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Virginia Regional Contrasts and Diverse Latino Communities

Diversity and contrasts define the Virginia Latino experience. Whether settling in suburbia, midsize cities, or rural communities, newcomers have radically

reconfigured long-established communities. Despite far less dramatic Latino growth than in states such as Georgia or North Carolina, Virginia has become, in a matter of a few decades, home to the sixteenth-largest Latino population in the country.4 Today’s 448,000 Virginia Latinos include both native-born and naturalized U.S. citizens, as well as foreign-born residents from all over the world.5 As the Virginia Latino Advisory Board Web site proudly states, âœthe Latino community represents a diversity of cultures and languages, unique needs and skills, countless contributions, and endless potential for the Commonwealth.â6

Around 60 percent of all Virginia Latinos (or at least 290,000), reside in northern Virginia, an area that presents remarkably unique features compared to the rest of the state. First, the area boasts some of the largest Latino communities across the state, as well as across the Washington metropolitan area, with localities such as Arlington County, Bailey’s Crossroads, and Seven Corners in which migrants outnumber natives. In Manassas Park City and Manassas City, Latinos represent respectively 28.72 percent and 25.60 percent of the total population. Similarly, in the city of Alexandria, Prince William County, Arlington County, and Fairfax County, Latinos’ share of the population is 13.71 percent, 18.04 percent, 16.10 percent, and 12.52 percent, respectively. Second, the foreign-born portion of the population is significantly larger across the northern Virginia region (19 percent) than across other regions of the state (10 percent). This is due in large part to north Virginia’s proximity to the nation’s capital, with its broad array of diplomatic, international, and development agencies as well as cultural amenities. Consequently, the northern Virginia Latino population draws from a more diverse group of nationalities when compared with counterpart populations scattered across other Virginia localities.

Yet, the Latino presence has become manifest in other regions across the state as well; for example, communities along the Shenandoah valley have recently experienced equally dramatic increases in their Latino populations. Seasonal agricultural employment in fruit processing in Rockingham County and the city of Winchester, along with year-round employment in the recently consolidated poultry industry across the Shenandoah valley, has provided strong incentives for permanent Latino settlement. Industry giants such as Cargill, Pilgrim’s Pride, Tyson Foods, and Perdue have made this region a major manufacturing center with high demand for cheap migrant labor. In Winchester, the Latino population grew approximately 600 percent between 1990 and 2000, whereas in Harrisonburg, the growth neared 650 percent. On the border with North Carolina, the city of Galax (famous for its Old Fiddler’s Convention) grew from 46 foreign-born residents to almost 600, or one-tenth of its total population.7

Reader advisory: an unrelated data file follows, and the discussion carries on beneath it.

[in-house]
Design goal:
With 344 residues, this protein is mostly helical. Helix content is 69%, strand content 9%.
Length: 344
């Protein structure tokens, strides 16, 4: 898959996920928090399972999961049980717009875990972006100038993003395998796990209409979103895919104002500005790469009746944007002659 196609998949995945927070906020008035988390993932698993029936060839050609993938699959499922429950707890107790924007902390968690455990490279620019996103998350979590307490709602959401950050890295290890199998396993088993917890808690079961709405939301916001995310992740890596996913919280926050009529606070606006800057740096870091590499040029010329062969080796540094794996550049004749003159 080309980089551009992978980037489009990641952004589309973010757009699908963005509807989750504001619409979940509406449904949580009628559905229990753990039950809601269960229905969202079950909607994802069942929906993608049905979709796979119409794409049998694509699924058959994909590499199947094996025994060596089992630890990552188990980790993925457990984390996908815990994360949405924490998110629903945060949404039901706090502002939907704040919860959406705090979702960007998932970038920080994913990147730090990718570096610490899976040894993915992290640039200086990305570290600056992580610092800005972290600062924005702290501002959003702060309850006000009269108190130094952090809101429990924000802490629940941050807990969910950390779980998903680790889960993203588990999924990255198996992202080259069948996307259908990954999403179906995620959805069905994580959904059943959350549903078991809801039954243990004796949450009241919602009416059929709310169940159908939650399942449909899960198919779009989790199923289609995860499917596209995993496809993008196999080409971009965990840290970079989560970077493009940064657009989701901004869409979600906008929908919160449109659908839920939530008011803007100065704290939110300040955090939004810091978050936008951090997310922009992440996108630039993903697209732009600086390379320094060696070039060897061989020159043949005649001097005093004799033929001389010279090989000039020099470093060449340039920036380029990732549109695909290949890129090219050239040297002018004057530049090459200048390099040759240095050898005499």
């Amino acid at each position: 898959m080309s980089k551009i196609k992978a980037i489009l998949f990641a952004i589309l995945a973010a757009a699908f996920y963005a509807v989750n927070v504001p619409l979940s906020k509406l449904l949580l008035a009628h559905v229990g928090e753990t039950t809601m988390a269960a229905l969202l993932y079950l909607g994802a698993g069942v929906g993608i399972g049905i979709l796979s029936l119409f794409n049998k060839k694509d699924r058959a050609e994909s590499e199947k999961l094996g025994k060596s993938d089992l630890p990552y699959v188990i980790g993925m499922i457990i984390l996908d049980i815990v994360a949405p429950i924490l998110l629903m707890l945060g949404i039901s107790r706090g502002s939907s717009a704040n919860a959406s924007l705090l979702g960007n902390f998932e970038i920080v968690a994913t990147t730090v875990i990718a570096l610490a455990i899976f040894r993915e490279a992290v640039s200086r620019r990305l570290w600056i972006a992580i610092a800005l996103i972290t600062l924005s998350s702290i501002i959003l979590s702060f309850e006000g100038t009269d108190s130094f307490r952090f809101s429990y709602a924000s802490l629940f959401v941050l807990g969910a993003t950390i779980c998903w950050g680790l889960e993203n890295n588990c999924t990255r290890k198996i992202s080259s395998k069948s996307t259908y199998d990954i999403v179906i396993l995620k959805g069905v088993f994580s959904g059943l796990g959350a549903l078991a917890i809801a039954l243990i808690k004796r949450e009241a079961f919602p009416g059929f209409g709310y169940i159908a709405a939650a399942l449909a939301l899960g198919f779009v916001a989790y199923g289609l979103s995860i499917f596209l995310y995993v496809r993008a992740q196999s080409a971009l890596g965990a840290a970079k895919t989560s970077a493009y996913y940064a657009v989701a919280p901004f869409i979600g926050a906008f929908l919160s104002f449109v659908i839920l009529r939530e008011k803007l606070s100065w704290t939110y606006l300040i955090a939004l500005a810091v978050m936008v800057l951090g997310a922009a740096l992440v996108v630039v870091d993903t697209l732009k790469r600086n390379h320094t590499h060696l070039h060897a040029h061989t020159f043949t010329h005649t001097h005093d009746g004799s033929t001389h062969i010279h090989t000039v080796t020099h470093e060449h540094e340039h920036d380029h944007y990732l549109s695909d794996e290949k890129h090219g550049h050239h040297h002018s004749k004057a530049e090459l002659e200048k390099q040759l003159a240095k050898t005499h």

Nevertheless, despite the populations’ burgeoning numbers, no Latino group dominates the Virginia demographic landscape in the same way that Mexicans do in California or Cubans do in Miami. Salvadorans constitute the largest Latino

population, followed by Mexicans, Guatemalans, Bolivians, and Peruvians. Virginia Latinos are fragmented along national lines precisely because no significant numerical dominance exists for any one group.8 Whereas Central and South Americans dominate among northern Virginia localities, Mexicans have a numerical dominance over Latino communities in Richmond, Harrisonburg, Winchester, and Galax.

Contrasts between northern Virginia and other regions of the state also include distinctive regional economies with differentiated labor demands. In particular, the northern Virginia economy offers a wider array of high-tech, professional, and managerial jobs in defense contracting and federal government, as well as less skilled jobs in retail, construction, and personal services. Conversely, the Winchester and Harrisonburg labor markets employ a disproportionate share of Latino migrants who speak limited English, documented and undocumented, in the manufacturing, construction, and agricultural sectors.9 Therefore, the northern Virginia labor market attracts a workforce that is far more heterogeneous in terms of class, including a substantial share of more skilled and more urban Latino migrants who leverage better wages, wealth creation, and mobility structures.

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